If I ask a question, I hope I will receive an answer to the question I asked. If my question was flawed, I would like to know what the flaw is - and as long as it was politely worded, I would not object to being shown to be woefully ignorant. I don't think the answerer needs to restrict him/herself to just answering the question, but I would welcome a clear border between the answer and further discussion ("An interesting consequence of this is...").

At the end of the day, if the questioner is genuinely interested in finding things out, and the answerer is genuinely interested in spreading knowledge, the only thing anyone should be worrying about is the failure to communicate information, not whether or not something could be interpreted as patronising or dry or whatever.

Paul Beardsley
2010-Jul-14, 09:51 PM
Jay is indeed a good model, IMHO.

However, unless I have missed it completely, he does not post much on topics such as relativity, cosmology, or even evolutionary biology. What field, or fields, of science would you say he does post on?

I'm particularly interested because discussions on fields like cosmology seem to invariably lead to matters (topics) that do not lend themselves to Jay's writing style. At least, that's my impression (I'd love to be proven wrong!)

I'm not sure "style" is an issue. Jay simply writes with clarity and knowledge.

Put like that it sounds easy, doesn't it?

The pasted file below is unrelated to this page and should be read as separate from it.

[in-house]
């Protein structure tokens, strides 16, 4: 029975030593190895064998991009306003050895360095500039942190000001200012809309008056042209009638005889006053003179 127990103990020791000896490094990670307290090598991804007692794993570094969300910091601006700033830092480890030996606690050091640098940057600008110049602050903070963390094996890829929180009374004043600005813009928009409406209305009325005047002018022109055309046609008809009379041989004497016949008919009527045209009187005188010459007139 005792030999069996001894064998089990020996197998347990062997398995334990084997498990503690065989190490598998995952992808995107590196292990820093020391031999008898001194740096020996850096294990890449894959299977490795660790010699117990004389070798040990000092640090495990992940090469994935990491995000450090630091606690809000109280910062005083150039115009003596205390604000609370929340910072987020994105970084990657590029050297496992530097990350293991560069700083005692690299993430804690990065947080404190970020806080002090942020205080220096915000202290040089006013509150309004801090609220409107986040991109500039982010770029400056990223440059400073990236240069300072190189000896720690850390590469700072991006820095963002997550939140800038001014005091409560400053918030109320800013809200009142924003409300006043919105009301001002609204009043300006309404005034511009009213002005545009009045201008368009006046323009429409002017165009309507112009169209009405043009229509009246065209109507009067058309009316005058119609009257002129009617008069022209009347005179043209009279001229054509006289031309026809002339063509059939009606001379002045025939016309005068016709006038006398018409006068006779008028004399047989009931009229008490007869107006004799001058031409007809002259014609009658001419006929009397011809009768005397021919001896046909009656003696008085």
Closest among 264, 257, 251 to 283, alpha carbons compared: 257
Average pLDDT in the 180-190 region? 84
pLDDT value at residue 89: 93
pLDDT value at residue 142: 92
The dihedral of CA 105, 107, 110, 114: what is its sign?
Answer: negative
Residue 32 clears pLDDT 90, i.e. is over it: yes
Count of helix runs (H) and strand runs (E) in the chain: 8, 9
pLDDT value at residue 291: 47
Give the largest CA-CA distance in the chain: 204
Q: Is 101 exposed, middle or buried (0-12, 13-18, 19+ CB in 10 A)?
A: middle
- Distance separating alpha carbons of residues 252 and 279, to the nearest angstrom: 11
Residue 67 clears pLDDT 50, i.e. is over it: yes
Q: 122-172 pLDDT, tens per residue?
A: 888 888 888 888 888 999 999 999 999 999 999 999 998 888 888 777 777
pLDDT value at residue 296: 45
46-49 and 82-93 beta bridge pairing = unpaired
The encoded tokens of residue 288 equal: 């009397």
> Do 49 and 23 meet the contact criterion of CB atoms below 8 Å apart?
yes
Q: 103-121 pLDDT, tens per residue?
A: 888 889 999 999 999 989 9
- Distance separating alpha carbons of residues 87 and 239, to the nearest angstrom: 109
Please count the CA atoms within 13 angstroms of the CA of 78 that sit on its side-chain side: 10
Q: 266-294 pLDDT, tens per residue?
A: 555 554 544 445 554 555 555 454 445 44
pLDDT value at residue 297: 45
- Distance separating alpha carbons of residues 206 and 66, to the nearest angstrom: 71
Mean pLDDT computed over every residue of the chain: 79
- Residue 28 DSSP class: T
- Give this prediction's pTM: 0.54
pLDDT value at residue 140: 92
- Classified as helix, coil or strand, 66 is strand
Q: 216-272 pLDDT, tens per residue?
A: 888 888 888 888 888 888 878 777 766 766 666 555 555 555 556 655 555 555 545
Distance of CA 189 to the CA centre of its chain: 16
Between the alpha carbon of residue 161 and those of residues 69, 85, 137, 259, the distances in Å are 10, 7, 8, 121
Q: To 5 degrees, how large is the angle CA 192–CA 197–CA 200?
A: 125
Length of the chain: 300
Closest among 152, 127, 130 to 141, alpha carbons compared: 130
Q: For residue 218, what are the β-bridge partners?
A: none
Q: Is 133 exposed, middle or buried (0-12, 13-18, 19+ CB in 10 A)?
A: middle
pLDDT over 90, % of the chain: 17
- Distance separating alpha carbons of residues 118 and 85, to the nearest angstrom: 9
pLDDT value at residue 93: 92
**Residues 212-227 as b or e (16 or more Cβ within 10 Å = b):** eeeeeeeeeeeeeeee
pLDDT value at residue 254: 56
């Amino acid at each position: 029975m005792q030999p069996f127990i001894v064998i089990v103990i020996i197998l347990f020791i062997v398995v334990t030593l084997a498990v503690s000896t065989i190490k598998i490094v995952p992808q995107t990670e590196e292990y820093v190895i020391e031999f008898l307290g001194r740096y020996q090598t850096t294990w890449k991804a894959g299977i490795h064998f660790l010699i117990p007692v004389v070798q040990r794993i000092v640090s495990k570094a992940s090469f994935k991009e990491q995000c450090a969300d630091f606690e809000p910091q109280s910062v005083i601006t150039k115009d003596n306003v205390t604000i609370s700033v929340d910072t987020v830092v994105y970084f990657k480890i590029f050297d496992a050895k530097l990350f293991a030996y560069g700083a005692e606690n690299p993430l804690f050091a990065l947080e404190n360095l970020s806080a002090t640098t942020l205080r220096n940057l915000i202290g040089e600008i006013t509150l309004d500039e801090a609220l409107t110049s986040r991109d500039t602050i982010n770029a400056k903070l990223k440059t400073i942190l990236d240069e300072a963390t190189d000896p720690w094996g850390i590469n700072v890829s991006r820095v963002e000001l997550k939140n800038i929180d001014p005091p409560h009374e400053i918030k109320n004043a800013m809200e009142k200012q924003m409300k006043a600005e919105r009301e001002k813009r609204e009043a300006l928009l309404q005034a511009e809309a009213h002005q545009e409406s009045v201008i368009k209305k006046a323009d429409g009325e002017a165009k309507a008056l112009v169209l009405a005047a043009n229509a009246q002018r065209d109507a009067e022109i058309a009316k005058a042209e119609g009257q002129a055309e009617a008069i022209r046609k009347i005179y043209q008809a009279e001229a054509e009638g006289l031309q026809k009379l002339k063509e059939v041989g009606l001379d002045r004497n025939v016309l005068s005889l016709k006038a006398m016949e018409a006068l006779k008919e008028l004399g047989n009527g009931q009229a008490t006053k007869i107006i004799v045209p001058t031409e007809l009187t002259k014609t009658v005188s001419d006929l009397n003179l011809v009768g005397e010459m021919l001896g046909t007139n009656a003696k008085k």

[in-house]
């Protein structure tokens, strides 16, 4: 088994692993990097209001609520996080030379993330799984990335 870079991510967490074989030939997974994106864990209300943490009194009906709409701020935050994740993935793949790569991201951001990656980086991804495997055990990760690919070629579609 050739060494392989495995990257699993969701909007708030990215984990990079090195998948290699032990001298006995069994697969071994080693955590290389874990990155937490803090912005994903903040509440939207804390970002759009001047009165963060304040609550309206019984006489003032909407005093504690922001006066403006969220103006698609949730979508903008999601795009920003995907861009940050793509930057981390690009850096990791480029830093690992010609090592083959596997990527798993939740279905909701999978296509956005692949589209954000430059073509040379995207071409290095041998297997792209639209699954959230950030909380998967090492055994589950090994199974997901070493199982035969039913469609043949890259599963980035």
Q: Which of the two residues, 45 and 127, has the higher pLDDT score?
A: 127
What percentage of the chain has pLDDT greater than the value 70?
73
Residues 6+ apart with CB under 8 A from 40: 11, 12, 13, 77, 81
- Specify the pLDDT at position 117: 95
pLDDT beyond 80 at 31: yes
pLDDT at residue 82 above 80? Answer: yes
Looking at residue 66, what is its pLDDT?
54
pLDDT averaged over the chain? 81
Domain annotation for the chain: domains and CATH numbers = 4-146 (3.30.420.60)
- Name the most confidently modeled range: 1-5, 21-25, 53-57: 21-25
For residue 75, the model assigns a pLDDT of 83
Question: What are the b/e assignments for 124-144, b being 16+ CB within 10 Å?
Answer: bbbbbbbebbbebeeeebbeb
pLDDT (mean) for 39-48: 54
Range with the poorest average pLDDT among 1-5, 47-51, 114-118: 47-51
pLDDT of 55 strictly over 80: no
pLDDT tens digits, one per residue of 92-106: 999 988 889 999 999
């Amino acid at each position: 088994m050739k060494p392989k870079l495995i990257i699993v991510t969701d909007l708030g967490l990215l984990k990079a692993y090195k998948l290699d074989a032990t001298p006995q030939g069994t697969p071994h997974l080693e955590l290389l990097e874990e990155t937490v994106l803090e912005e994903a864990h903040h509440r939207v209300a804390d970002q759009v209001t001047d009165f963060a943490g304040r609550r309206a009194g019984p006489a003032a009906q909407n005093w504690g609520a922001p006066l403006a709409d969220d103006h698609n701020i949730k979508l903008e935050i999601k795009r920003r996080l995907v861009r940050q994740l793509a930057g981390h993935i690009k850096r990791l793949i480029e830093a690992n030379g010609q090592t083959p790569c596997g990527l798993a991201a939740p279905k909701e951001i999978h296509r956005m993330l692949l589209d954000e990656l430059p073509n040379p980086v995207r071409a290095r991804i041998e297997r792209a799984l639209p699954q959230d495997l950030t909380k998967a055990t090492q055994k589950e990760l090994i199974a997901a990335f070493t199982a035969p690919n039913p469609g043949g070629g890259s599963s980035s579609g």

Nereid
2010-Jul-14, 09:53 PM
Yes, JayUtah is outstanding. I also think astrophoptographer (Tim Printy) does a really fine job. Both have web pages that thoroughly rip apart the moon hoax and Roswell conspiracy theories, respectively, in easy-to-understand language. They are excellent educators.
That's for sure!

Do you have any suggestions re BAUTians who post on topics which involve intellectually challenging concepts? For example, have you ever come across anyone who could, to your satisfaction, explain why gravity is not a force, in General Relativity? Or why it can be incredibly misleading to consider algae as plants? These are, of course, just examples; it's the ability to explain what are, to most people, incredibly counter-intuitive concepts (but ones firmly established, in contemporary mainstream science) without being perceived as {insert negative here}, by an audience you know next to nothing about ... and do it in no more than a couple of short paragraphs.